But are overall square footage and the footprint of their stores, the key issue?  Wall Street’s motivation is driven by shifting dynamics within the consumer electronics space.  Sales of large-format devices like televisions are declining while small-format devices like smartphones and tablets have driven overall industry growth for the last two years.  As small-format devices dominate, Best Buy – as the Wall Street logic goes – should reduce square footage because smaller devices suggest less showroom space is necessary.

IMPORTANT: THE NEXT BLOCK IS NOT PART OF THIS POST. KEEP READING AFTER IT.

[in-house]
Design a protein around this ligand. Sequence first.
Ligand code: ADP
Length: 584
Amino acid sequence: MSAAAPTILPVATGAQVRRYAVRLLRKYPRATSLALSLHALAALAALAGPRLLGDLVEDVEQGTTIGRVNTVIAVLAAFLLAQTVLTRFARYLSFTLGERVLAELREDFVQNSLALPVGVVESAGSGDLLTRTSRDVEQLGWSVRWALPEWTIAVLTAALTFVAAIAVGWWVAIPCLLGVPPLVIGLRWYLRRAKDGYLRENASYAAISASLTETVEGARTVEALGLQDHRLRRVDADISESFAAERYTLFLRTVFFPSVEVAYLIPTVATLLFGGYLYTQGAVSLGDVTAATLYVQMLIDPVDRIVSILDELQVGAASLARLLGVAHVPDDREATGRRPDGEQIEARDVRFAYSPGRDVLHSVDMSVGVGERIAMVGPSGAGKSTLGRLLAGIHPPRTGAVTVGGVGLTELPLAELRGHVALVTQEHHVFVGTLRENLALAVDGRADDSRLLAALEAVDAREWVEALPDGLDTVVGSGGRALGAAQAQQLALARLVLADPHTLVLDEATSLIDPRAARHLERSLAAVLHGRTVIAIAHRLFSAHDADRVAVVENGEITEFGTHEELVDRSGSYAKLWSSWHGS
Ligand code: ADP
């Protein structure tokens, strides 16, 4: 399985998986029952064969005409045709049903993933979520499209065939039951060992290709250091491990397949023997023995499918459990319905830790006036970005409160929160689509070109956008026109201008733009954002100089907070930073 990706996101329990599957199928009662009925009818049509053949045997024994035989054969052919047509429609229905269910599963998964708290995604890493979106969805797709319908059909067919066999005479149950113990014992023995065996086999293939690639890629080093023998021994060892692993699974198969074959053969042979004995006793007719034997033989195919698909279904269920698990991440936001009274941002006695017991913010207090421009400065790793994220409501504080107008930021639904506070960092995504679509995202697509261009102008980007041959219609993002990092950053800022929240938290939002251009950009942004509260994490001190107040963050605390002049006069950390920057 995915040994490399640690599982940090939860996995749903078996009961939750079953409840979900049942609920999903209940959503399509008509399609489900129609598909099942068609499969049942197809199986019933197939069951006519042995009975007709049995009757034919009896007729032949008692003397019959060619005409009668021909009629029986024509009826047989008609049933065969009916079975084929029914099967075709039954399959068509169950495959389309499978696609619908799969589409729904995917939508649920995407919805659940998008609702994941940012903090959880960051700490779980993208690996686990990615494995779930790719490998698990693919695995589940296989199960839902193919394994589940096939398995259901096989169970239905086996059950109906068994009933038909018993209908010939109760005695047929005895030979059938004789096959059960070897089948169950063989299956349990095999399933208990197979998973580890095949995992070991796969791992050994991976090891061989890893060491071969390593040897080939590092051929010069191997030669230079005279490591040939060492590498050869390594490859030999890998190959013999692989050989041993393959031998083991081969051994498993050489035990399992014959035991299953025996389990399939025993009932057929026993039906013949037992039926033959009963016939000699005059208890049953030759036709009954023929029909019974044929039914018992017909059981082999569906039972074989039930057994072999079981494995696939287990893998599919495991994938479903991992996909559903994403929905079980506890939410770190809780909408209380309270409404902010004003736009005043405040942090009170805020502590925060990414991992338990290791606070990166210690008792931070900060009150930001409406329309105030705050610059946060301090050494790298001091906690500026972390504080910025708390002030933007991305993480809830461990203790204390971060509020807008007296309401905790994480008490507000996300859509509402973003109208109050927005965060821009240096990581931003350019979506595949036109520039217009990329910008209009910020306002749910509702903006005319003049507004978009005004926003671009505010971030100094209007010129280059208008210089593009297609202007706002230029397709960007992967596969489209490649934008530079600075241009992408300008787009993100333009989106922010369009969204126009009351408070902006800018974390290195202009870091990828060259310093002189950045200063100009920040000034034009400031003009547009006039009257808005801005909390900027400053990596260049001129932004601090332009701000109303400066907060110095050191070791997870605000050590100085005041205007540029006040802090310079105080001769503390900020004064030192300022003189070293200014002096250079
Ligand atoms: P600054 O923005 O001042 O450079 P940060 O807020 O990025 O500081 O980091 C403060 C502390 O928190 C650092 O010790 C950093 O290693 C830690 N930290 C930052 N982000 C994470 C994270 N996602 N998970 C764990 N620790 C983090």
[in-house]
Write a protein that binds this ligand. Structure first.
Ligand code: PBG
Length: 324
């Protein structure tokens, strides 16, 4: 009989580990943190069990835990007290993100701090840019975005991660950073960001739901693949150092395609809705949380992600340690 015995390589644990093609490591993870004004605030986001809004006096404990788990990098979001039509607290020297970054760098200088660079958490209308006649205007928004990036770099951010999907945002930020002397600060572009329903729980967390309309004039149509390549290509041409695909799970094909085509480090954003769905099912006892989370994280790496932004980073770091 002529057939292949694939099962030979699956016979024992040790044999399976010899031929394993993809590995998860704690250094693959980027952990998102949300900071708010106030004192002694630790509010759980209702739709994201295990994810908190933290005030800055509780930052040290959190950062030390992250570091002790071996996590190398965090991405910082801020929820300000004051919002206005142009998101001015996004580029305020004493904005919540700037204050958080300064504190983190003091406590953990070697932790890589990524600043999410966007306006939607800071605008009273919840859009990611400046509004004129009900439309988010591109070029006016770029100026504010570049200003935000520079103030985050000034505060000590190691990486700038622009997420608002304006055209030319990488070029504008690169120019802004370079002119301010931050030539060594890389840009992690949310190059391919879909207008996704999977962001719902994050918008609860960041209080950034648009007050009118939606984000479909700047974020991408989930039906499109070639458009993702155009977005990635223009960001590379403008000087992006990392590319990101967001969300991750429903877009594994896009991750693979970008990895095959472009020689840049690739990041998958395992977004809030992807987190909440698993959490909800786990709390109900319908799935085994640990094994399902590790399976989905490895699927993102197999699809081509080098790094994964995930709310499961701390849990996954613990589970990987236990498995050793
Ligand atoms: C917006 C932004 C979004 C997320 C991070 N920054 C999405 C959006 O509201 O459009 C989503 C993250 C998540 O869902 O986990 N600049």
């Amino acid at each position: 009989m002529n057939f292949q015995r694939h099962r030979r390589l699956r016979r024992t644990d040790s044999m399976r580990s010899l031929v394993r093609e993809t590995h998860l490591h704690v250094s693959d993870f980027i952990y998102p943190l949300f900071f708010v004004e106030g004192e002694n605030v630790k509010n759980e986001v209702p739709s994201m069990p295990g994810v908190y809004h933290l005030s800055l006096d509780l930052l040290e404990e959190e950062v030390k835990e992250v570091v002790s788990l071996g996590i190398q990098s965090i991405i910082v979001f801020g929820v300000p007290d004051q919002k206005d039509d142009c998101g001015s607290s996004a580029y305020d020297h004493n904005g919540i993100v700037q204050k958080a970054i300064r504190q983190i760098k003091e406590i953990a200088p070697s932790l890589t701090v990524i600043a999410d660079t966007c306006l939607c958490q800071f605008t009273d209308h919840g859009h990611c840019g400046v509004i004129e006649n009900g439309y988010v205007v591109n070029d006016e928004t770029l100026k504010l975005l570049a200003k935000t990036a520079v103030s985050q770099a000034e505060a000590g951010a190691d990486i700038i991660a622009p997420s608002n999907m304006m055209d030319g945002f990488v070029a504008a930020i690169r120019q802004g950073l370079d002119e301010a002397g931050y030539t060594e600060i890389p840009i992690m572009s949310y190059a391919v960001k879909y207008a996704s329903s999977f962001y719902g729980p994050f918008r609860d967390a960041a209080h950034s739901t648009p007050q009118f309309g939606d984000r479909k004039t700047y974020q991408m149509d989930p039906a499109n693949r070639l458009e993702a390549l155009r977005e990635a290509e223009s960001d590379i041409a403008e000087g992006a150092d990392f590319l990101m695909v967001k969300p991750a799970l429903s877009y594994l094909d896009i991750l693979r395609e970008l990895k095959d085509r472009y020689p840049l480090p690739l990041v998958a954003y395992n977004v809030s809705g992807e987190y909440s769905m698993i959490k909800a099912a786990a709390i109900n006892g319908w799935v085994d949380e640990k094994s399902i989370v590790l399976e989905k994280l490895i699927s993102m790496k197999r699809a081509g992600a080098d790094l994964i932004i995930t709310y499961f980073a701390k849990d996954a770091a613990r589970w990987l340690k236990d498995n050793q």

Beyond form-factor changes, the current (and temporary) decline in television sales and increase in sales of mobile-oriented devices have also had other impacts on consumer tech retailing.  Importantly, more retailers are merchandising these mobile categories.  While 5-6 retailers might offer traditional devices like televisions, mobile phones and tablets are being sold by these 5-6 traditional retailers and are additionally being sold by a host of “new” tech retailers.  These new tech retailers include cellular carriers through their stores and websites.  Manufacturers are also increasingly marketing devices directly to consumers.  Apple iOS devices and Amazon with their suite of Kindle devices are only two examples of manufacturers going directly to consumers.  In both of these cases, these companies have strong retailer ties.  While Apple started as a manufacturer and has also transitioned into a retailer and Amazon went the other direction – the end-state is similar with the manufacturer of the underlying device having a strong and unique presence as a retailer. It is also commonly reported that margin differentials between devices like televisions and smartphones and tablets are pronounced.